We all know pizza comes in many sizes, shapes and flavors. And it’s remarkably easy to get your hands on, from delivery to dine-in and even drive-thru slice windows. For pizza fans in the Memphis, Tennessee, area, Gail Churinetz makes it even easier—as owner of Gail’s Pizza Parties, she will show up at their home with all of the ingredients for a private pizza party and walk them through the steps of making it in their own kitchen. Churinetz has a colorful and accomplished background in the culinary industry, including prize-winning appearances on the Food Network. While she loves the fun and glamour of the restaurant industry, she doesn’t like to be anchored to one location, which is why serving as Memphis’ reigning queen of the at-home pizza party is the life for her. Luckily, PMQ’s Brian Hernandez was able to sit her down long enough to get some tips for running a traveling pizza business.
Hernandez: What is your earliest pizza memory?
Churinetz: When I was small, my grandparents owned a bakery/pizzeria in Schenectady, New York. I remember always having fresh pizza and pizza fritte. Sometimes we would have the fried dough for breakfast with a little powdered sugar on it, but my grandparents were always bringing home pizza.
Hernandez: What exactly do you do at Gail’s Pizza Parties, and how did that come about?
Churinetz: I offer in-home pizza parties to anyone looking to have an interactive pizza experience or just sit back and be fed quality pizza. I bring all the ingredients and tools, and we make pizzas in your home oven. It can be very hands-on and interactive if you want to get your hands dirty, or it can be like a normal catering job—and you don’t have to worry about making the food or clean-up.
My family relocated from the New Haven, Connecticut, area to Memphis 24 years ago, and our family’s tradition was having pizza at least once a week. We could not find good pizza in Memphis at the time, so I started playing around in the kitchen making my own. The only variable was the water. The water in Connecticut has a higher mineral count, giving you a crunchier crust. So I started importing my water from Connecticut, and to justify importing water, I had to make pizzas for more than just my family. I started doing them for other families as well, and it snowballed. Then I started entering competitions. When I won my first competition, I think what really wowed the judges was that crust using the Connecticut water.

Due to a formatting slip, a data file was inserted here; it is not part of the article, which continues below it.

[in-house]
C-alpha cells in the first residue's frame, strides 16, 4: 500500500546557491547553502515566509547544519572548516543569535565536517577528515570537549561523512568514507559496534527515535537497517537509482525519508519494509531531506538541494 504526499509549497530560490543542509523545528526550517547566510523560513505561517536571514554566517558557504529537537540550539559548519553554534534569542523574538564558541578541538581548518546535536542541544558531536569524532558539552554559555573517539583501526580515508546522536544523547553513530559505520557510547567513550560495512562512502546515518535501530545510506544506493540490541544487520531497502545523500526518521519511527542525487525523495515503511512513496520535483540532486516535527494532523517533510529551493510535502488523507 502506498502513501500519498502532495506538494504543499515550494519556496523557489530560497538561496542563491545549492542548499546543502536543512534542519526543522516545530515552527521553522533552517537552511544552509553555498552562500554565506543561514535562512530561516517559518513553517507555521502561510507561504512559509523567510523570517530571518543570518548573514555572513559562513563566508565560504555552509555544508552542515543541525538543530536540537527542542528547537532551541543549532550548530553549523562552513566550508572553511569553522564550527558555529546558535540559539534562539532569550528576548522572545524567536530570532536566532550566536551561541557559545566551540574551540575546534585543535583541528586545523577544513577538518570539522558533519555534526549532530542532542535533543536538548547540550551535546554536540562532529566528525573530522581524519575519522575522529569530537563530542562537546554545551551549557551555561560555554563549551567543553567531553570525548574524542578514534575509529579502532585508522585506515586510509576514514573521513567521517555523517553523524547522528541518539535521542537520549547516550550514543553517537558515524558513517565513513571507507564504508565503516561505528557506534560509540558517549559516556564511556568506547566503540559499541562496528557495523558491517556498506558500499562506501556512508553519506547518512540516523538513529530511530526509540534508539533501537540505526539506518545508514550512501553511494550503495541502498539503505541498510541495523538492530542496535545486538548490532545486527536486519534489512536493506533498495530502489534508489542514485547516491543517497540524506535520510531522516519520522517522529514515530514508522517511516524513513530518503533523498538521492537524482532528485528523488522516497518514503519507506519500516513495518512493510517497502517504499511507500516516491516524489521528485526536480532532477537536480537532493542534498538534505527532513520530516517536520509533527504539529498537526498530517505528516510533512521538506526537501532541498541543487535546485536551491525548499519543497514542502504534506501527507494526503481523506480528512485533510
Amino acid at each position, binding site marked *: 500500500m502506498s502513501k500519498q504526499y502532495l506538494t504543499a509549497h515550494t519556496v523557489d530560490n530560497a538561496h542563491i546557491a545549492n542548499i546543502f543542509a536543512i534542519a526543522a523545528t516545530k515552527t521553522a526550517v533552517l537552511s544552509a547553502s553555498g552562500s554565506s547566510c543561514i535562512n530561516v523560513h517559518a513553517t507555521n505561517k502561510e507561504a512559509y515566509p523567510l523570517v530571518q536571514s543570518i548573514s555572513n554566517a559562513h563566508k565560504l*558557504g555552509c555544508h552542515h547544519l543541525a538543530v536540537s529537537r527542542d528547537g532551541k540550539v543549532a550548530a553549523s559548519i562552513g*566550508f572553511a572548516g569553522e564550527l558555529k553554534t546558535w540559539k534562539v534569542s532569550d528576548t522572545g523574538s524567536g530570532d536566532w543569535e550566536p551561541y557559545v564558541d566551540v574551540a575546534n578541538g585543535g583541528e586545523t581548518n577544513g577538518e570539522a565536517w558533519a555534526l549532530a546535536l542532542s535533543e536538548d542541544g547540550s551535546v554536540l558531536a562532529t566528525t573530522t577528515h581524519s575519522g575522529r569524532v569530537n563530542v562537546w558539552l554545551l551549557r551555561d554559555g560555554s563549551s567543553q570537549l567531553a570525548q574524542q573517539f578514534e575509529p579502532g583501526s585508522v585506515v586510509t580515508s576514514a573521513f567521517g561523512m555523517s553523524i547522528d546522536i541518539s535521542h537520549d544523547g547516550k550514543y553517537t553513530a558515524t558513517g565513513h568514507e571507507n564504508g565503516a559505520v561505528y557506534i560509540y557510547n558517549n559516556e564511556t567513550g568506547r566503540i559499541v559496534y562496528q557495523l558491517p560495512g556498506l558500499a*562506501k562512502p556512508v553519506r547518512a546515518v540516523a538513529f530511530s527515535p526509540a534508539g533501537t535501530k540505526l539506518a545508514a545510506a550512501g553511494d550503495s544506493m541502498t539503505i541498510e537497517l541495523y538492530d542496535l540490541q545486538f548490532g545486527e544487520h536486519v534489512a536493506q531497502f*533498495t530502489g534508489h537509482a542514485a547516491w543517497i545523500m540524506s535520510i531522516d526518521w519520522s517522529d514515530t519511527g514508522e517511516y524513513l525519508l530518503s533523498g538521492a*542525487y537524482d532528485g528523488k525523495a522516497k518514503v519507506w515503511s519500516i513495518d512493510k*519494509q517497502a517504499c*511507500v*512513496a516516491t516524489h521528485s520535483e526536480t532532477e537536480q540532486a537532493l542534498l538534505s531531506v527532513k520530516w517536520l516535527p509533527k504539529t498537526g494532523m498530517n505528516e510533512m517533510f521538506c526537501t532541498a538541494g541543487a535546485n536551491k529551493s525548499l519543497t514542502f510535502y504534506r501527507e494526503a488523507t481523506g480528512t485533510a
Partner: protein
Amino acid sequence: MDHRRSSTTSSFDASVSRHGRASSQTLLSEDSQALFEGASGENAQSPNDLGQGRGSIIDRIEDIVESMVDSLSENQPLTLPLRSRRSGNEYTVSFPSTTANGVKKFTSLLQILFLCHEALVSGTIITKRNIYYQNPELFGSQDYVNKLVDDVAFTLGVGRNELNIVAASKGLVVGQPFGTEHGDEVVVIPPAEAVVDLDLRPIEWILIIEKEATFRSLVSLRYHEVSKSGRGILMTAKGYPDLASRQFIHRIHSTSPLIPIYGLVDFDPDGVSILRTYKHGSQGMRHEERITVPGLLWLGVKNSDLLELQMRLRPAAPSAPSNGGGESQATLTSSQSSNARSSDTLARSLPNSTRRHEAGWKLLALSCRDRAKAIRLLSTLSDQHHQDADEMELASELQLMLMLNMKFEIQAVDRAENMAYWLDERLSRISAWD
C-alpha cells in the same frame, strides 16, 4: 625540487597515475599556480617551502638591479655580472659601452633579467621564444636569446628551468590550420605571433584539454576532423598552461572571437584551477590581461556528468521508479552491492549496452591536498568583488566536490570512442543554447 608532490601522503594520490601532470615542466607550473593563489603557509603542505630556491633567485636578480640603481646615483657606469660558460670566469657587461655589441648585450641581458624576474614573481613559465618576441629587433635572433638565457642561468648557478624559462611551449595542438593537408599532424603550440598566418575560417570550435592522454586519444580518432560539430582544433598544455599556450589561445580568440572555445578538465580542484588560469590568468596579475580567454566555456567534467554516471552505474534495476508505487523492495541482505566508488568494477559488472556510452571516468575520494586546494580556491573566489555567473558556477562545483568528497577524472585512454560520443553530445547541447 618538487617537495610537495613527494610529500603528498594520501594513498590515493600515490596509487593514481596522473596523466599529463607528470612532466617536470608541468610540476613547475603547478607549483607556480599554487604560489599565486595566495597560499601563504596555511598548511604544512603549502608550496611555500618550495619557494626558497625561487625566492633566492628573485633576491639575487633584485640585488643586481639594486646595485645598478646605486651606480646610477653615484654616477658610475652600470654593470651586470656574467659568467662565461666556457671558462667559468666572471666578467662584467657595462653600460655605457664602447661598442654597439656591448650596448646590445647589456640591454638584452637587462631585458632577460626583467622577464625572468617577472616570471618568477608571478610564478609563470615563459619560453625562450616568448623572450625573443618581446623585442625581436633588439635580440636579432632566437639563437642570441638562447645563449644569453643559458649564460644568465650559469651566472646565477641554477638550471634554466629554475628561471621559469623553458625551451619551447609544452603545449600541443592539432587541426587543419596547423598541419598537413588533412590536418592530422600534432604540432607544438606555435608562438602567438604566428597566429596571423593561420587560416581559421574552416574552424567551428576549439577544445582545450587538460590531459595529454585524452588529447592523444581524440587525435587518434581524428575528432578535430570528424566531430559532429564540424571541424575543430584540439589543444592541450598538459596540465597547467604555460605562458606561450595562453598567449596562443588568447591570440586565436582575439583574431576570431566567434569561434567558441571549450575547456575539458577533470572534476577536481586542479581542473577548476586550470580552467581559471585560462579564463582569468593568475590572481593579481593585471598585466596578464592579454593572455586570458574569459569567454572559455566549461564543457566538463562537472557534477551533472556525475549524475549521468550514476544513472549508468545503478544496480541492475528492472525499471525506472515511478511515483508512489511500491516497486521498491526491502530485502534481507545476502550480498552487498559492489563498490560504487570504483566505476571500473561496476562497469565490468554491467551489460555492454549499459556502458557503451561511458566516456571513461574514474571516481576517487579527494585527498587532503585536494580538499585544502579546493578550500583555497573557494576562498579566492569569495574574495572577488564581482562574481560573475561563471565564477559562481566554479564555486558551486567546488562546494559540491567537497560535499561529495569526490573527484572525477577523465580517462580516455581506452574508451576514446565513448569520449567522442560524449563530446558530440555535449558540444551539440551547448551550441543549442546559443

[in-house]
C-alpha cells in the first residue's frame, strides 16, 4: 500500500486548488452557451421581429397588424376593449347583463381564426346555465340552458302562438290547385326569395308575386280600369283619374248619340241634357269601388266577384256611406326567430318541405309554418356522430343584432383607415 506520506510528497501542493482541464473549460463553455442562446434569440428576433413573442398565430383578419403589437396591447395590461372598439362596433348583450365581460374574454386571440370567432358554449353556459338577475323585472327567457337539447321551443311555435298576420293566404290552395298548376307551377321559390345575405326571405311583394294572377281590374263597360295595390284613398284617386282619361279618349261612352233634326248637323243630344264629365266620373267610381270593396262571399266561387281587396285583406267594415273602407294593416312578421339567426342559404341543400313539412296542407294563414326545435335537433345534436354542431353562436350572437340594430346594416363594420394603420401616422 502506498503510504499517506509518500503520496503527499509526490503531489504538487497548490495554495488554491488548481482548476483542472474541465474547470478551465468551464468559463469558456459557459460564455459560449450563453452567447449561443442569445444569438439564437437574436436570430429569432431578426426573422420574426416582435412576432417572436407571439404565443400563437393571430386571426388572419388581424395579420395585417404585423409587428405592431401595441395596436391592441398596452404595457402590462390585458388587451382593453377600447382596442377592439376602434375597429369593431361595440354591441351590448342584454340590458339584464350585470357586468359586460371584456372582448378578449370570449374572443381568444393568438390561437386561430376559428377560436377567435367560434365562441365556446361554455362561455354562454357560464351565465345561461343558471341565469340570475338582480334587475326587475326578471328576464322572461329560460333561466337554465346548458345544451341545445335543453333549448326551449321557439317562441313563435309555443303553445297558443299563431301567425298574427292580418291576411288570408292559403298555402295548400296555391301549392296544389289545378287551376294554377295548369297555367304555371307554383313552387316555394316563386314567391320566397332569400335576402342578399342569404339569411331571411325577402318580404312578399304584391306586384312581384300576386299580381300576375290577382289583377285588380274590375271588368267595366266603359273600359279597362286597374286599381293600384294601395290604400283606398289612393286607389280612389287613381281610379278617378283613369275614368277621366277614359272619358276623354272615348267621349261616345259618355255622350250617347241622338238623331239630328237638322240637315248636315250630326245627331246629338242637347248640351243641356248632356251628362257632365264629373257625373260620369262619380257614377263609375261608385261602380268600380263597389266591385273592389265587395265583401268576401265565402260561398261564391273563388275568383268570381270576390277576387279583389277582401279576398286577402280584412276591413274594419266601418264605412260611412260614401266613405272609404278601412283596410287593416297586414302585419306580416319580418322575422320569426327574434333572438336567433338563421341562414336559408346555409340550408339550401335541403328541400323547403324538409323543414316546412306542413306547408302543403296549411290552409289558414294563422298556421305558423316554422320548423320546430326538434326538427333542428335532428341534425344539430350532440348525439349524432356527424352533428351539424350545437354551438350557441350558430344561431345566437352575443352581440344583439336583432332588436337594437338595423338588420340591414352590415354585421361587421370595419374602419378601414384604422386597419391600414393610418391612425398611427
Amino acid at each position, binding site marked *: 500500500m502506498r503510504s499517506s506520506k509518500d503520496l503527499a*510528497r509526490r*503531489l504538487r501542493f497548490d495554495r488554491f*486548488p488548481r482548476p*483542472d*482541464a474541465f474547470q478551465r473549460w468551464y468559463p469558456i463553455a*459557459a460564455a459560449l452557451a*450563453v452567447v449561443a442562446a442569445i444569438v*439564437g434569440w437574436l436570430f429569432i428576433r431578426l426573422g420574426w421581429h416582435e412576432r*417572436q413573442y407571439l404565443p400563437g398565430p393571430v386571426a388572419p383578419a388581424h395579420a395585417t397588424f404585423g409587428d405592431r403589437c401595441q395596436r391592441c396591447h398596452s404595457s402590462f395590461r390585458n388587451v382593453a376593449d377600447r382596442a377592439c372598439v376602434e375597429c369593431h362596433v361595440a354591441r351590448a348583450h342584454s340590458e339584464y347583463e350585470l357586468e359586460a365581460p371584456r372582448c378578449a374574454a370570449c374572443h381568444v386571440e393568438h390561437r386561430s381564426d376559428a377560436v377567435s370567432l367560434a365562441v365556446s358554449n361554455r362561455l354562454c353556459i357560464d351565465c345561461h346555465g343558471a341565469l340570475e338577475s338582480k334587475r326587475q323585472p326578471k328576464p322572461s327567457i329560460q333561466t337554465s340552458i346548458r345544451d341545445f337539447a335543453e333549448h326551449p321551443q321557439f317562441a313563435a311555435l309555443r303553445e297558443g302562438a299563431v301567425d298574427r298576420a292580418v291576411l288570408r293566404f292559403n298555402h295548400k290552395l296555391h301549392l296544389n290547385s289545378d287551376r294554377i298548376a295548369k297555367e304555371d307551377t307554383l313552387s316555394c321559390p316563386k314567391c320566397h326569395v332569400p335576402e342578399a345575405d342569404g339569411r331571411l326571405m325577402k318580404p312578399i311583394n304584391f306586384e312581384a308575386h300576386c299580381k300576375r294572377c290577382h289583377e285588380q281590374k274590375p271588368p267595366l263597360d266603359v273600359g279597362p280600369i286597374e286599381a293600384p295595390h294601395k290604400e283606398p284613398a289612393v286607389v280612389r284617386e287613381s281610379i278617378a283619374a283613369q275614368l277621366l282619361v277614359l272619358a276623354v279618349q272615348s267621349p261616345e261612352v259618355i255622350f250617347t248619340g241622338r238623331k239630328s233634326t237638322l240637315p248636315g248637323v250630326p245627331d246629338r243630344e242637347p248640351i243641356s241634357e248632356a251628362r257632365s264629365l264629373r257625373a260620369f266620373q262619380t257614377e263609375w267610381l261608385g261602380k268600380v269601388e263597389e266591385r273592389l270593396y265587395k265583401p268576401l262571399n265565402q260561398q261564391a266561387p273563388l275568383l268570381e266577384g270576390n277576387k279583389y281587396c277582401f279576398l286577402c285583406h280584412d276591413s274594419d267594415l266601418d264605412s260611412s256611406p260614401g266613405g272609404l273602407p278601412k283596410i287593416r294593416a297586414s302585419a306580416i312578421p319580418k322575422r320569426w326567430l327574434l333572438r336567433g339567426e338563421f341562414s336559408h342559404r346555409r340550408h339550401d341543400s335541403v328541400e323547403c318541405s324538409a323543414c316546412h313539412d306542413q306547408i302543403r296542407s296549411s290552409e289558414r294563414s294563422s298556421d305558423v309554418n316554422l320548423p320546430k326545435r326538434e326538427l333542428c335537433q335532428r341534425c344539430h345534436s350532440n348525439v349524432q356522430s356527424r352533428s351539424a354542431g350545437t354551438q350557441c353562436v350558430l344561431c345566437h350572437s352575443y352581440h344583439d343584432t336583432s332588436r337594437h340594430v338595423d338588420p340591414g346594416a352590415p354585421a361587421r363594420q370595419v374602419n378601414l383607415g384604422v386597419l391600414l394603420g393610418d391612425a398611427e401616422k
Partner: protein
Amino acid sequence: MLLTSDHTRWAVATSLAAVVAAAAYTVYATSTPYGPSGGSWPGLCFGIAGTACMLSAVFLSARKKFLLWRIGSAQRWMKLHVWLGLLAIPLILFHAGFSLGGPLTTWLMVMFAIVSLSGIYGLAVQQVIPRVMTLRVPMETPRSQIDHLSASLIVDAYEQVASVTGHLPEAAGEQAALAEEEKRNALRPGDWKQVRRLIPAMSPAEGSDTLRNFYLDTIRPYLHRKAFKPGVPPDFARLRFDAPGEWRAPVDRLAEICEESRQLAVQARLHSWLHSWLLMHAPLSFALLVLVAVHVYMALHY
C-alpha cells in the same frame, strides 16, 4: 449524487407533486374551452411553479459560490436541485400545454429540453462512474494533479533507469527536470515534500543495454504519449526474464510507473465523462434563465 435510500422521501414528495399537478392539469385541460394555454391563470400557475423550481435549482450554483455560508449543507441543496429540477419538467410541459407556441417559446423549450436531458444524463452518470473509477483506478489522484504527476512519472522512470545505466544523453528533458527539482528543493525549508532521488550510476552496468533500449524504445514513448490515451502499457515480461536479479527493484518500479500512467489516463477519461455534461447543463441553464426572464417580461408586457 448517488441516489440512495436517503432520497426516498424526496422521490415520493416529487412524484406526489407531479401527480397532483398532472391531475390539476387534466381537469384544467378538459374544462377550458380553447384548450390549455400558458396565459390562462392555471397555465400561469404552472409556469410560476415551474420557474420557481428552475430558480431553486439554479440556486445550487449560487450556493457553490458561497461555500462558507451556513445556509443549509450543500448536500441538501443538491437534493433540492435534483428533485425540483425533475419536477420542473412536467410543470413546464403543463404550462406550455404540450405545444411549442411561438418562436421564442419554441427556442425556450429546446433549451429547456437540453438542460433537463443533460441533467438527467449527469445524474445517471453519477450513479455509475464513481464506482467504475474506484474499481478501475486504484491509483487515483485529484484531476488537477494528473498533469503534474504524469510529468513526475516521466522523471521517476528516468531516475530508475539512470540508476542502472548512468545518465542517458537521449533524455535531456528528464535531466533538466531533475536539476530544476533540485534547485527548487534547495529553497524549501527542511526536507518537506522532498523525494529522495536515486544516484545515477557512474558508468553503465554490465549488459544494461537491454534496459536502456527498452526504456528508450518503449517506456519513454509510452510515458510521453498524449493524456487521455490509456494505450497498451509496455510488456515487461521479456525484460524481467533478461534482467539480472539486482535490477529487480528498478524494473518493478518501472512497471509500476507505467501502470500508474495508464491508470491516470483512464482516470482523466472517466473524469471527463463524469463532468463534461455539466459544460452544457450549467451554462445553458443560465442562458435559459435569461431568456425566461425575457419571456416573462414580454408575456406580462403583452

Hernandez: Do you have a set menu, or do you let the customers decide what they want?
Churinetz: Both, actually. I do have a set menu. I try to stock it with the current flavor trends of the industry. I take a lot of inspiration from my friends. I took a pie from Will Grant of That’s a Some Pizza in Washington and tweaked it and called it the Will Grant. I also take recipe ideas from friends and make them my own. I usually name them after the person that gave me the inspiration. But the customer can always just tell me what they want to eat, and that’s what they get.
Hernandez: What is your favorite ingredient to work with?
Churinetz: I’d have to say shaved shallots. Get them thin enough and they are all surface area, which means more flavor.
Hernandez: What ingredient do you hate the most?
Churinetz: I’d have to say the combination of pineapple and ham. Not a fan. I will make it if that’s what the customer wants, but I will find a way to put a twist on it.
Hernandez: Tell us about your crawfish and andouille sausage pizza.
Churinetz: While visiting Louisiana one time, I had my first crawfish boil and real andouille sausage. I got inspired to mix Yankee flavors with some French Cajun flair and came up with [what came to be known as] the “$25,000 Pie.” I had the chance to compete on the Food Network’s Ultimate Recipe Showdown, hosted by Guy Fieri. I was one of 10,000 home cooks chosen to compete. I competed with [this] pie, and it won $25,000. So it got renamed.
Hernandez: How did you end up competing on that show?
Churinetz: I was watching the Food Network one day and saw Ultimate Recipe Showdown and just thought, “I could do that.” So, when the next season approached, I reached out and submitted a recipe and was ultimately chosen to compete; I made the semifinals but did not win. Then I tried again the next year, tweaked my recipe a bit and won $25,000! After that, I was put on a short list to appear on other shows and competitions on the network. But I have always been competitive, from things like tennis to yard of the month. I think you need that drive to keep you evolving—otherwise, you’re standing still.